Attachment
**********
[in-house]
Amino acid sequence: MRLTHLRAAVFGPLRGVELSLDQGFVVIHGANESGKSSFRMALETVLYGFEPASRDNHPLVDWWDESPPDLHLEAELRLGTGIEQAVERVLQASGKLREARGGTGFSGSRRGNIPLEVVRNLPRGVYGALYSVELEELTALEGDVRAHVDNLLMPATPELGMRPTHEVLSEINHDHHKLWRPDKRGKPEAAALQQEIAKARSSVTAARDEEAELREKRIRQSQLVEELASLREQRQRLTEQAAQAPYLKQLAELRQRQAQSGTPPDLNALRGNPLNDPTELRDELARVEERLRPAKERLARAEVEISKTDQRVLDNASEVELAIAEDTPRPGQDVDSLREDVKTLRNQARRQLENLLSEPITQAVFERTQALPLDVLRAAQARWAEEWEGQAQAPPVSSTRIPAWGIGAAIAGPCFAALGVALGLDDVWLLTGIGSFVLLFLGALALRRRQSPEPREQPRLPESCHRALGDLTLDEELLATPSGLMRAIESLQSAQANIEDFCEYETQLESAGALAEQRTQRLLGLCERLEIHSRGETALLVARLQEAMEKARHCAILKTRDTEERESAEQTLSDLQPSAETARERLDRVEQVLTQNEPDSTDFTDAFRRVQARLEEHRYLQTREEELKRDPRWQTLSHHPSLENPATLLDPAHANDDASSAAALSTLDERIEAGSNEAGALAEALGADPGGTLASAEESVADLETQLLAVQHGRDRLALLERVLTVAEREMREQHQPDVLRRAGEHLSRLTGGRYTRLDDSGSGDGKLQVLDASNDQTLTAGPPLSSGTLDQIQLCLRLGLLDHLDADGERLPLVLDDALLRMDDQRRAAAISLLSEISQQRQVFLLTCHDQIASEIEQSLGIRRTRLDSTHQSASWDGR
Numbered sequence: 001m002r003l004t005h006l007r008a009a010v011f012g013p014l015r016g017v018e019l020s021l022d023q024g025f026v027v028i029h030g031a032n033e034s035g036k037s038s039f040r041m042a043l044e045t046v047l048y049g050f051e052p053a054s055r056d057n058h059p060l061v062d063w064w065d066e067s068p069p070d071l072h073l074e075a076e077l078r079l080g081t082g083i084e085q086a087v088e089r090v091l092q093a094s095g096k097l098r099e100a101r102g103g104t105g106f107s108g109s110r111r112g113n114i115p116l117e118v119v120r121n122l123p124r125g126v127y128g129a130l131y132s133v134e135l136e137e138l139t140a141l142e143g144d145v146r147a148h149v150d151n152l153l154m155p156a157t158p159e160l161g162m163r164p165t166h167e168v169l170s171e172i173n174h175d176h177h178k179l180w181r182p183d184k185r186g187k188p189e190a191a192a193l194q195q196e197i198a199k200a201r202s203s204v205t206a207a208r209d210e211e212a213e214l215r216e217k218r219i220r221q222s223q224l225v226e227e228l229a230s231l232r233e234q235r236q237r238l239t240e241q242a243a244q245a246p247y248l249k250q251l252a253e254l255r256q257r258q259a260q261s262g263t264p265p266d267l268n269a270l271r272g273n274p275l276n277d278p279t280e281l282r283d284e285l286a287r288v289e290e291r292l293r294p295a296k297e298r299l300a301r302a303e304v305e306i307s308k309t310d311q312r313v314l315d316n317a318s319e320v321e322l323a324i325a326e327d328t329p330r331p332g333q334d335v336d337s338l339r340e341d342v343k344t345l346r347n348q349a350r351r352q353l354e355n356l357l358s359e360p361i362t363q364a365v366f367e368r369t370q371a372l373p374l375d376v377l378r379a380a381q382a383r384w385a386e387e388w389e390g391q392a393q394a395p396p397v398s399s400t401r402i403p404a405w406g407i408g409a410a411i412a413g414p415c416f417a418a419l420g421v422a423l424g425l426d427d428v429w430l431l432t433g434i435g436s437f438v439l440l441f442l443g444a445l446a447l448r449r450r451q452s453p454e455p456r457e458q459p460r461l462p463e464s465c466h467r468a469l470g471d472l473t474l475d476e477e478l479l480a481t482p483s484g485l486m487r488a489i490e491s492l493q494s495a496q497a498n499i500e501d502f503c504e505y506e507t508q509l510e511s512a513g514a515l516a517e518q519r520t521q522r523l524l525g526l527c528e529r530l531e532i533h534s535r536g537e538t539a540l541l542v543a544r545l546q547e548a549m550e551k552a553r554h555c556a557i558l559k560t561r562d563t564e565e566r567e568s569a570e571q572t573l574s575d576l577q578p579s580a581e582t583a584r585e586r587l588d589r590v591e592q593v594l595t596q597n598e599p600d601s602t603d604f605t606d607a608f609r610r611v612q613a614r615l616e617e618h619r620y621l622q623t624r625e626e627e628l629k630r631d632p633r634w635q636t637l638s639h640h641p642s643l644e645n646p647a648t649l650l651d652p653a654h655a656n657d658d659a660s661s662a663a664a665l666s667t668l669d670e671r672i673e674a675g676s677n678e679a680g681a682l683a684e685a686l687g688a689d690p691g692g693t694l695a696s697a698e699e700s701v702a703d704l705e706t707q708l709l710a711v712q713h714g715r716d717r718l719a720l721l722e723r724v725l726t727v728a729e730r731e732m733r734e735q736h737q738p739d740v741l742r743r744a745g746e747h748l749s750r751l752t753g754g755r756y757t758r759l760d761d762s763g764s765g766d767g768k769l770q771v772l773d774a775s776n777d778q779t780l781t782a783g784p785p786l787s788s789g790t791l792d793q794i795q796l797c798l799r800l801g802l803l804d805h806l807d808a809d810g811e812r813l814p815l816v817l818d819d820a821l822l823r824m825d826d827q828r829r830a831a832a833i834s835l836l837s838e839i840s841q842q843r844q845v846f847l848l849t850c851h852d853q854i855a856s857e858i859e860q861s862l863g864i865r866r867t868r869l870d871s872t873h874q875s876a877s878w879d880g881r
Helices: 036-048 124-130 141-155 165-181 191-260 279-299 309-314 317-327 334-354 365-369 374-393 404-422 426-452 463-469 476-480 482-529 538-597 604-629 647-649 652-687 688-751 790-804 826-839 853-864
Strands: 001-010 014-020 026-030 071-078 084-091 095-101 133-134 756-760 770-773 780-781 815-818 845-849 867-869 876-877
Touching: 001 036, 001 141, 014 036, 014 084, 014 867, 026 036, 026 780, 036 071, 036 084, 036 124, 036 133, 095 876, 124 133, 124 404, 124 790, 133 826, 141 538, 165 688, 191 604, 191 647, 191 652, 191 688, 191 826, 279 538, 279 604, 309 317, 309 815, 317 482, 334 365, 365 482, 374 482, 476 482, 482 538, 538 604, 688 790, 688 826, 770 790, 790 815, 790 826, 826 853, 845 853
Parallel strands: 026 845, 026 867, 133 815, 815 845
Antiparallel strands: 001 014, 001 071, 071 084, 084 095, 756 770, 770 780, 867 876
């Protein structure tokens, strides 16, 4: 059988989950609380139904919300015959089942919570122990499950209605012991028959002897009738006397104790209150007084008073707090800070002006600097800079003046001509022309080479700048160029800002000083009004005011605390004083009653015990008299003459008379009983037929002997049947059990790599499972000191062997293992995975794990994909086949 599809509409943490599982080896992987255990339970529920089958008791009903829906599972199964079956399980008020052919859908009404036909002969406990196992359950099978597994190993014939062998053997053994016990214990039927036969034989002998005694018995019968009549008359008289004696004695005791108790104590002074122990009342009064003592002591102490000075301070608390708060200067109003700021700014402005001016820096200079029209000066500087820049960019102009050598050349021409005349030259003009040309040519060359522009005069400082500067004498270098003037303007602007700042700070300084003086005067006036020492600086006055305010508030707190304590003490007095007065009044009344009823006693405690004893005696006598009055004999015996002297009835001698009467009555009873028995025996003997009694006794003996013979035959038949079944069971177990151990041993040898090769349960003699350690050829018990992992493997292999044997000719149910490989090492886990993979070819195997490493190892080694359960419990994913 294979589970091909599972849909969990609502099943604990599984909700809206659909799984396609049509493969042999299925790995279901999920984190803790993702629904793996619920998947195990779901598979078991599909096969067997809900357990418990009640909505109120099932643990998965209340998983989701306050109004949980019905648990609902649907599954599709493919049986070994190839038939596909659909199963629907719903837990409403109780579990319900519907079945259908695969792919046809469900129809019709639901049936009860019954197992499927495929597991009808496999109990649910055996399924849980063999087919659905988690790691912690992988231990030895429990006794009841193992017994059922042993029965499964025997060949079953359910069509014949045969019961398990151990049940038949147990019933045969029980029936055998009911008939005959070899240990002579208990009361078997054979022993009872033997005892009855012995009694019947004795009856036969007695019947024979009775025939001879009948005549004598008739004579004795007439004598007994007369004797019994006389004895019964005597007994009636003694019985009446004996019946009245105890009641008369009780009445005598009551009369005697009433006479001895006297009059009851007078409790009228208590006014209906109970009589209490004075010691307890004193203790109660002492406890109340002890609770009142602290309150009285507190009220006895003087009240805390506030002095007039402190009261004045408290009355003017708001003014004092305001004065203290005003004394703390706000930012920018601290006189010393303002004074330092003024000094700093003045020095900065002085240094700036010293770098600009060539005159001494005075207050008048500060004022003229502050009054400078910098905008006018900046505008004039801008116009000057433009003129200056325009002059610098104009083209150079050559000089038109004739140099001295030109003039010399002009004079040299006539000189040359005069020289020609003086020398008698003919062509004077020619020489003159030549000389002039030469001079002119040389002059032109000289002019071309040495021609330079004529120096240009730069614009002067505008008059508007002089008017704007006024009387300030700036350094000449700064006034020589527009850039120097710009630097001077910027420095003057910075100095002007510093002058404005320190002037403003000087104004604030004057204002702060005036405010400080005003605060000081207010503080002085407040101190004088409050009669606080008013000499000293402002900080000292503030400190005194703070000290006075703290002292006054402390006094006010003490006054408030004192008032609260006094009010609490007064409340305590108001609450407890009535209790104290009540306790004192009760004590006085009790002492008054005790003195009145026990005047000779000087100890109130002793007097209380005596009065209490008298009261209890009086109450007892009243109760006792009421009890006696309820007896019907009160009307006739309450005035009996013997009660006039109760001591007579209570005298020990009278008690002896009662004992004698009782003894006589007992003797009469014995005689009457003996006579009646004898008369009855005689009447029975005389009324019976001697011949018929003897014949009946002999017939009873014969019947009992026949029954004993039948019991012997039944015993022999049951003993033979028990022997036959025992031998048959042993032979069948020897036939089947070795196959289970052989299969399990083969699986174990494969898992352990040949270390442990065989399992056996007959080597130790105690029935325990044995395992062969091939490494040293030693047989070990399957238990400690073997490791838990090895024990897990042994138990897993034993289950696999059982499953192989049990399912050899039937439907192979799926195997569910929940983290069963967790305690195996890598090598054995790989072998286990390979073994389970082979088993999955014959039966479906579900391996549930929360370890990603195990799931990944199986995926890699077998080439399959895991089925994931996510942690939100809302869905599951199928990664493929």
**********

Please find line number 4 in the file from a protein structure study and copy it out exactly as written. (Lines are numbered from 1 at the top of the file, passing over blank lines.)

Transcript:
Helices: 036-048 124-130 141-155 165-181 191-260 279-299 309-314 317-327 334-354 365-369 374-393 404-422 426-452 463-469 476-480 482-529 538-597 604-629 647-649 652-687 688-751 790-804 826-839 853-864